Beating the Bank of England to the punch, Clydesdale Bank will issue Britain's first plastic five pound notes next year.
The bank will issue two million polymer notes through its branches to commemorate the nomination of the Forth Bridge for inclusion in Unesco's World Heritage List.
As one of three banks in Scotland authorised to issue banknotes, Clydesdale has been pumping out cash since 1838 but the new fiver is its first foray into plastic.
The note features images of the bridge, which opened 125 years ago next march, and Sir William Arrol, whose company built it. De La Rue is behind the design and the Safeguard polymer substrate.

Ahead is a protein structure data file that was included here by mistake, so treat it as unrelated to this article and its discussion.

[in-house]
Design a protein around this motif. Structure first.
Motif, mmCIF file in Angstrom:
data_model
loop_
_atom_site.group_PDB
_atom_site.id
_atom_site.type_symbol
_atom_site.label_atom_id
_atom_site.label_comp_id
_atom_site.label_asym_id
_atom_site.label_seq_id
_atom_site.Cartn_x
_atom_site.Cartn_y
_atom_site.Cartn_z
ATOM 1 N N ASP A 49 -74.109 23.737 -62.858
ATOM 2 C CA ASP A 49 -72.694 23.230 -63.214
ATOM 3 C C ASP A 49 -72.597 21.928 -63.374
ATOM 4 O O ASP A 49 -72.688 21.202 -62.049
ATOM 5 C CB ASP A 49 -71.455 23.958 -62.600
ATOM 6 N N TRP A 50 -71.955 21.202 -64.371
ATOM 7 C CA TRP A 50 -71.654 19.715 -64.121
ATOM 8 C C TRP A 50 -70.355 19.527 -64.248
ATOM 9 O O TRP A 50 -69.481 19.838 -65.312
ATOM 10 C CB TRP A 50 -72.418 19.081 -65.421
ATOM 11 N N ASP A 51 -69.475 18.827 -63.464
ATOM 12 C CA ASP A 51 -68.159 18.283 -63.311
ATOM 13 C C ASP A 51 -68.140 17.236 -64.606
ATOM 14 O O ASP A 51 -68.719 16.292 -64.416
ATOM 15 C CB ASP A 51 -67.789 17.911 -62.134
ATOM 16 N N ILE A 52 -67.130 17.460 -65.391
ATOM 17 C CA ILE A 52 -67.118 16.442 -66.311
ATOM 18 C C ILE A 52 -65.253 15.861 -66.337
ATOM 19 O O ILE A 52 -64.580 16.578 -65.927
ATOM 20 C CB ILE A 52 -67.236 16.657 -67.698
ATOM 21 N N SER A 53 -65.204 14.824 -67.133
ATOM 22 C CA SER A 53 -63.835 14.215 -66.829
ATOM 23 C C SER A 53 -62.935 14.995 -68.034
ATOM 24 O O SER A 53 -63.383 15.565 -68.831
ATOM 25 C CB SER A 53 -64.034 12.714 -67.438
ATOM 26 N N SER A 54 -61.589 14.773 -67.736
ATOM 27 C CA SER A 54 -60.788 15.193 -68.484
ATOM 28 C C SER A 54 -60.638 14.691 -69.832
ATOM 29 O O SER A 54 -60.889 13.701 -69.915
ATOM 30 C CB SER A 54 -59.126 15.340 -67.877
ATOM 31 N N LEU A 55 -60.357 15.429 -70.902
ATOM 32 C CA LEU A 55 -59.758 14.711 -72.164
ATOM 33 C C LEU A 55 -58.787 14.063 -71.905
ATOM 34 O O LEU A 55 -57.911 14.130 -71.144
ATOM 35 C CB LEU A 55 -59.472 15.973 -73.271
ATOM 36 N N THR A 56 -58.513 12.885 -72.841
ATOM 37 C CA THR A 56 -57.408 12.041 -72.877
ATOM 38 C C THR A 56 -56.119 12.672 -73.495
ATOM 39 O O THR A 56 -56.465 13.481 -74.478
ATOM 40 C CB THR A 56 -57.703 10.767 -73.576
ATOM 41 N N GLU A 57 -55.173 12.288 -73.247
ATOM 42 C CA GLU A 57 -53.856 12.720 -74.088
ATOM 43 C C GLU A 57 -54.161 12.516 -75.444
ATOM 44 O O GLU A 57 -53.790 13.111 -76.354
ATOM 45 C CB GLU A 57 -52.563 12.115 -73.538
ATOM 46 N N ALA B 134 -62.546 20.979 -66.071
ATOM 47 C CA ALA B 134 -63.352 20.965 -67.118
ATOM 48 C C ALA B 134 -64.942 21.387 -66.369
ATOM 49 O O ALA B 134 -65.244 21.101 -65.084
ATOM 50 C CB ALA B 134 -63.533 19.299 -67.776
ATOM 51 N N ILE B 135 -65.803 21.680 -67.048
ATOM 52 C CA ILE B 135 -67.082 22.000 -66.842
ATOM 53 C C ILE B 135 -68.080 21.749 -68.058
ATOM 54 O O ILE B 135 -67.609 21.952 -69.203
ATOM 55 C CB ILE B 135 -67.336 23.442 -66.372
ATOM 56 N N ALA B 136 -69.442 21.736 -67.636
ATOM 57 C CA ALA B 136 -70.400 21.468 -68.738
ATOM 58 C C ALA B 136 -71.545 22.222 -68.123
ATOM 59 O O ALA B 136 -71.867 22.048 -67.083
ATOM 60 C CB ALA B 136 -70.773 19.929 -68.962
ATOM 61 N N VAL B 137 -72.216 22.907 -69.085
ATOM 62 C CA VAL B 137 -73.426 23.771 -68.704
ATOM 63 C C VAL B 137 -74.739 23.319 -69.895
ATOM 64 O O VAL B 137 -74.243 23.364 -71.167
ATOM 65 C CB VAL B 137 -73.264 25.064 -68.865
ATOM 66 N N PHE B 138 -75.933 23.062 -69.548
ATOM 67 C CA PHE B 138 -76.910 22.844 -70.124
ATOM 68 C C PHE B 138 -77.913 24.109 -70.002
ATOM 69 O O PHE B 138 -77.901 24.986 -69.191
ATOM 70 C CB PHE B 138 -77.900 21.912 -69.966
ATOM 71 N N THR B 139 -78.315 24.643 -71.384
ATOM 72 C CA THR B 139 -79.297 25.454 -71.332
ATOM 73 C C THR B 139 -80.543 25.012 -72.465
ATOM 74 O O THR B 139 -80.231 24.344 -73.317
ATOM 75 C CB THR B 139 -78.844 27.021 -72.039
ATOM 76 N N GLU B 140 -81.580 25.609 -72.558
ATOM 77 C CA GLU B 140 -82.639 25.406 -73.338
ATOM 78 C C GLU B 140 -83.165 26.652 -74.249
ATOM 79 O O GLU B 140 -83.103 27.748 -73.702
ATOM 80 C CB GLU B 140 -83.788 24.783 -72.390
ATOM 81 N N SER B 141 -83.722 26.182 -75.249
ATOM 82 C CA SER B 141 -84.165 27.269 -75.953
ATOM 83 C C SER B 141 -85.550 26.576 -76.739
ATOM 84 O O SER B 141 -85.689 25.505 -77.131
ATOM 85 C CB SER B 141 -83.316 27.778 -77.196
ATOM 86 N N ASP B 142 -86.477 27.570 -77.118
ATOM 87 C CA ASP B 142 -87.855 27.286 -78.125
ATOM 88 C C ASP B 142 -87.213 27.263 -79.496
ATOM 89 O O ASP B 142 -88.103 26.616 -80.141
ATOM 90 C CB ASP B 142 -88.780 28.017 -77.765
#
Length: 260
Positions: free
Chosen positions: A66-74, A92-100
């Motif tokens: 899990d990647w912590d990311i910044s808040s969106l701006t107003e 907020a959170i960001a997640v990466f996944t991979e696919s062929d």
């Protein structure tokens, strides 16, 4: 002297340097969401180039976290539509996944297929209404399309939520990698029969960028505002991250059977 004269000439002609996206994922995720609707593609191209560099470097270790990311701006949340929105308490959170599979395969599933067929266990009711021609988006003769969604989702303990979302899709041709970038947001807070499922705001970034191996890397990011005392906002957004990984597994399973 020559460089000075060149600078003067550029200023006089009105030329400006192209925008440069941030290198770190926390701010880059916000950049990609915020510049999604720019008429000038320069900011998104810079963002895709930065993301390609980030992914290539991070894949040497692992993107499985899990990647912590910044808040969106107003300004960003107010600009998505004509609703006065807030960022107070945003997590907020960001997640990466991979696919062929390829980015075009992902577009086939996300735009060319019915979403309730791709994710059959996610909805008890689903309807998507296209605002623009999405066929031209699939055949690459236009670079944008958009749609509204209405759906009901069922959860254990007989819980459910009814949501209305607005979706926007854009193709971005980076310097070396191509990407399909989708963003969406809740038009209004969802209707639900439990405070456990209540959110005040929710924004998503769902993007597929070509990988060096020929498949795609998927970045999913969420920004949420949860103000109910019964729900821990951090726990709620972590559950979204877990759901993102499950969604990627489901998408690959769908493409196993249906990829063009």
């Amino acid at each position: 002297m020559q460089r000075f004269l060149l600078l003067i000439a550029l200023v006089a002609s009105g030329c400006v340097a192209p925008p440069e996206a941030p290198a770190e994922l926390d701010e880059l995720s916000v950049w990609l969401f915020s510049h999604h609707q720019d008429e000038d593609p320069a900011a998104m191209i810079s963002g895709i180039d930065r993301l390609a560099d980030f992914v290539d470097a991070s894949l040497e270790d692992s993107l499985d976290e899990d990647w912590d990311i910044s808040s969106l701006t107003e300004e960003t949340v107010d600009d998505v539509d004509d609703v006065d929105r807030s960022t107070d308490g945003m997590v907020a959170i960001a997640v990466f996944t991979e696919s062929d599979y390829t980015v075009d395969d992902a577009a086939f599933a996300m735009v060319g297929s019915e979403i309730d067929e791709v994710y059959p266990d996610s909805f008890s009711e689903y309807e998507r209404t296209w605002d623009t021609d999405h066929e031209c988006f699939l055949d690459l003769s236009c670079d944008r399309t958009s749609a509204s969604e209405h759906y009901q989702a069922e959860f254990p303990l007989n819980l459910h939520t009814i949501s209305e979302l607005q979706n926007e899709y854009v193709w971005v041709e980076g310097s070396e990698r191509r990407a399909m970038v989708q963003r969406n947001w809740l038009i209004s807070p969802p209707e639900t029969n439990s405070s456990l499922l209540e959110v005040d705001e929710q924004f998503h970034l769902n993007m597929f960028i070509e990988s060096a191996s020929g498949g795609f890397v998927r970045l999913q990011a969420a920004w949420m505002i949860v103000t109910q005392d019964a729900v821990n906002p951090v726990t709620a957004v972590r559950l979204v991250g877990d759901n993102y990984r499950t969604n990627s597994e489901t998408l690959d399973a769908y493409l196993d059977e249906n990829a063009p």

Late last year, the Bank of England confirmed that all the UK's banknotes are going plastic, beginning in 2016 with a fiver featuring the face of Winston Churchill.
The Bank argues that plastic is cleaner, more secure and lasts at least two and a half times longer than cotton paper.
Debbie Crosbie, executive director, Clydesdale Bank, says: "Clydesdale Bank is very proud to commemorate the Forth Bridge on our new £5 note. The structure is renowned across the world as an incredible feat of engineering so it was a fitting choice for a ground-breaking new banknote."